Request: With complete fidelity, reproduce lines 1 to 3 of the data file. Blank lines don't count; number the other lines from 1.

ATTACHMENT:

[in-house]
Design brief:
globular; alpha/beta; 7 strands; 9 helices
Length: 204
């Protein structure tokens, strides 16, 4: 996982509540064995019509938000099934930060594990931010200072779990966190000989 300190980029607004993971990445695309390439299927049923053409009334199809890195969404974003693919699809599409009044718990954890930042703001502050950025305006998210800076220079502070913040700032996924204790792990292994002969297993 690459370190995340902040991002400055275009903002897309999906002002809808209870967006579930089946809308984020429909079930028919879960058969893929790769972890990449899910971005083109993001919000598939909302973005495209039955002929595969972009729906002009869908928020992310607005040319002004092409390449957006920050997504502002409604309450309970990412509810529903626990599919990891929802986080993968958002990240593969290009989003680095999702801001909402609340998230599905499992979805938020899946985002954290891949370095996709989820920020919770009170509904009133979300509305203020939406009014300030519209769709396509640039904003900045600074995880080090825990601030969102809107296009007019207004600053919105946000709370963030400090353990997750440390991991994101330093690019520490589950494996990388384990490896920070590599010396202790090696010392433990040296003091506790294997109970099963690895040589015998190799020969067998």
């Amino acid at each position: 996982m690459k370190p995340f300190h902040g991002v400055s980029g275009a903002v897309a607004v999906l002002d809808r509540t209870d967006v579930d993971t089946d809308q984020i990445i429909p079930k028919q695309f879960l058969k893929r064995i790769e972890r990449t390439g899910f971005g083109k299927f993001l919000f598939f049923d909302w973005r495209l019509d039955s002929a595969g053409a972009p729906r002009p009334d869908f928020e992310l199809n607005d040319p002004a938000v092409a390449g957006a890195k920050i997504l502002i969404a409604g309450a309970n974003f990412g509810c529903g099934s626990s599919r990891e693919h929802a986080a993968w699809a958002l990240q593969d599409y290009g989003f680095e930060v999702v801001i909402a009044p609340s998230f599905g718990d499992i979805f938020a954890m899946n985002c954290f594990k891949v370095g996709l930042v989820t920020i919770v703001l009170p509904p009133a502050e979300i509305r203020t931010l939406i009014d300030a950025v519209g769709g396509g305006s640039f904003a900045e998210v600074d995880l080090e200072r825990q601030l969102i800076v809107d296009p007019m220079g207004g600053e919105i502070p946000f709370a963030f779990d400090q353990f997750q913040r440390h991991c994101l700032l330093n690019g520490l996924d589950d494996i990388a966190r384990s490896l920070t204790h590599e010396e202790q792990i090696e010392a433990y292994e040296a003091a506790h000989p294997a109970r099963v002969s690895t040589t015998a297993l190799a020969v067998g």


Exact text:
[in-house]
Design brief:
globular; alpha/beta; 7 strands; 9 helices